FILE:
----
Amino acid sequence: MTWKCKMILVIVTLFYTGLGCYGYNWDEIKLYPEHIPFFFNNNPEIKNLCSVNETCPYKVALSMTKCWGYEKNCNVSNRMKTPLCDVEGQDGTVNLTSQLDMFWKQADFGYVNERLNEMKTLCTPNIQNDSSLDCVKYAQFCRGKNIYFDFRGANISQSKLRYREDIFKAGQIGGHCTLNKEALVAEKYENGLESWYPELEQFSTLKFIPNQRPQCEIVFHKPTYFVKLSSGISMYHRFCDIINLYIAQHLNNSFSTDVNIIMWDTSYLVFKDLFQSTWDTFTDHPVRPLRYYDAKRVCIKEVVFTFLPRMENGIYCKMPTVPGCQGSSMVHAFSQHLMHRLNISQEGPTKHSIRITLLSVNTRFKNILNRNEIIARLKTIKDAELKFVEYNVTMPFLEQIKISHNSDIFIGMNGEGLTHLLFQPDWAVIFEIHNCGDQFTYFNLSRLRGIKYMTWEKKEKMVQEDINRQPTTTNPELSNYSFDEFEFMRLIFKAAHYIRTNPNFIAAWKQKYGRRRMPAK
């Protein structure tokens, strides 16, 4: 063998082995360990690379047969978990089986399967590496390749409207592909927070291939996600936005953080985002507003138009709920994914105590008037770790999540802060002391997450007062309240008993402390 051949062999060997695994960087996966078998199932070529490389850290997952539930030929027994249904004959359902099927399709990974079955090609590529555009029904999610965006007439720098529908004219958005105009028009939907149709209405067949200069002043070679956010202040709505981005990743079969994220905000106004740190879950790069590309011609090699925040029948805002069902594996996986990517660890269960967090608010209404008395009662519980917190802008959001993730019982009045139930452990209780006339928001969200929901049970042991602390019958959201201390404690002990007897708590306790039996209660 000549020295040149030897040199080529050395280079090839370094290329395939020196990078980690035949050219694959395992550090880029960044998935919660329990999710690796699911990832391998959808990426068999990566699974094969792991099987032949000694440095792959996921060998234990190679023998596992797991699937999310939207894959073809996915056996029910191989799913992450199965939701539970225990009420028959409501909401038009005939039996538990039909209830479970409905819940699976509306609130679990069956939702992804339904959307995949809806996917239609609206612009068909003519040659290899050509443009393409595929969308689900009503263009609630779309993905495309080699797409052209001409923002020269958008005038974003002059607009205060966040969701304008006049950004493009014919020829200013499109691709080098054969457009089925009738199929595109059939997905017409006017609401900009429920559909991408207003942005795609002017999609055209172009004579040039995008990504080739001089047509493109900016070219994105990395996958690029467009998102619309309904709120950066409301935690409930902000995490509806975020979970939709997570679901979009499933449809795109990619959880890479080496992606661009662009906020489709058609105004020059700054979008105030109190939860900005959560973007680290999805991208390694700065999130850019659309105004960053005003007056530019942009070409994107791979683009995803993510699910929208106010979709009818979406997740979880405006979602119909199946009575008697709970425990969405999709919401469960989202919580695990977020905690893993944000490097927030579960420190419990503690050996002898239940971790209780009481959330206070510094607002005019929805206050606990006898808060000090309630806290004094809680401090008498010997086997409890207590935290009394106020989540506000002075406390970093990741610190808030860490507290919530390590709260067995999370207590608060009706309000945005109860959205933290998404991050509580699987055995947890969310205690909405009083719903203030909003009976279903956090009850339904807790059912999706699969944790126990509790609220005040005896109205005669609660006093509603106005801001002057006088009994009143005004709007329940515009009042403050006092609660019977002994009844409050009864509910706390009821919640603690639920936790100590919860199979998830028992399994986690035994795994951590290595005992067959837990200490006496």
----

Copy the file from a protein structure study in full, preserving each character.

Amino acid sequence: MTWKCKMILVIVTLFYTGLGCYGYNWDEIKLYPEHIPFFFNNNPEIKNLCSVNETCPYKVALSMTKCWGYEKNCNVSNRMKTPLCDVEGQDGTVNLTSQLDMFWKQADFGYVNERLNEMKTLCTPNIQNDSSLDCVKYAQFCRGKNIYFDFRGANISQSKLRYREDIFKAGQIGGHCTLNKEALVAEKYENGLESWYPELEQFSTLKFIPNQRPQCEIVFHKPTYFVKLSSGISMYHRFCDIINLYIAQHLNNSFSTDVNIIMWDTSYLVFKDLFQSTWDTFTDHPVRPLRYYDAKRVCIKEVVFTFLPRMENGIYCKMPTVPGCQGSSMVHAFSQHLMHRLNISQEGPTKHSIRITLLSVNTRFKNILNRNEIIARLKTIKDAELKFVEYNVTMPFLEQIKISHNSDIFIGMNGEGLTHLLFQPDWAVIFEIHNCGDQFTYFNLSRLRGIKYMTWEKKEKMVQEDINRQPTTTNPELSNYSFDEFEFMRLIFKAAHYIRTNPNFIAAWKQKYGRRRMPAK
């Protein structure tokens, strides 16, 4: 063998082995360990690379047969978990089986399967590496390749409207592909927070291939996600936005953080985002507003138009709920994914105590008037770790999540802060002391997450007062309240008993402390 051949062999060997695994960087996966078998199932070529490389850290997952539930030929027994249904004959359902099927399709990974079955090609590529555009029904999610965006007439720098529908004219958005105009028009939907149709209405067949200069002043070679956010202040709505981005990743079969994220905000106004740190879950790069590309011609090699925040029948805002069902594996996986990517660890269960967090608010209404008395009662519980917190802008959001993730019982009045139930452990209780006339928001969200929901049970042991602390019958959201201390404690002990007897708590306790039996209660 000549020295040149030897040199080529050395280079090839370094290329395939020196990078980690035949050219694959395992550090880029960044998935919660329990999710690796699911990832391998959808990426068999990566699974094969792991099987032949000694440095792959996921060998234990190679023998596992797991699937999310939207894959073809996915056996029910191989799913992450199965939701539970225990009420028959409501909401038009005939039996538990039909209830479970409905819940699976509306609130679990069956939702992804339904959307995949809806996917239609609206612009068909003519040659290899050509443009393409595929969308689900009503263009609630779309993905495309080699797409052209001409923002020269958008005038974003002059607009205060966040969701304008006049950004493009014919020829200013499109691709080098054969457009089925009738199929595109059939997905017409006017609401900009429920559909991408207003942005795609002017999609055209172009004579040039995008990504080739001089047509493109900016070219994105990395996958690029467009998102619309309904709120950066409301935690409930902000995490509806975020979970939709997570679901979009499933449809795109990619959880890479080496992606661009662009906020489709058609105004020059700054979008105030109190939860900005959560973007680290999805991208390694700065999130850019659309105004960053005003007056530019942009070409994107791979683009995803993510699910929208106010979709009818979406997740979880405006979602119909199946009575008697709970425990969405999709919401469960989202919580695990977020905690893993944000490097927030579960420190419990503690050996002898239940971790209780009481959330206070510094607002005019929805206050606990006898808060000090309630806290004094809680401090008498010997086997409890207590935290009394106020989540506000002075406390970093990741610190808030860490507290919530390590709260067995999370207590608060009706309000945005109860959205933290998404991050509580699987055995947890969310205690909405009083719903203030909003009976279903956090009850339904807790059912999706699969944790126990509790609220005040005896109205005669609660006093509603106005801001002057006088009994009143005004709007329940515009009042403050006092609660019977002994009844409050009864509910706390009821919640603690639920936790100590919860199979998830028992399994986690035994795994951590290595005992067959837990200490006496």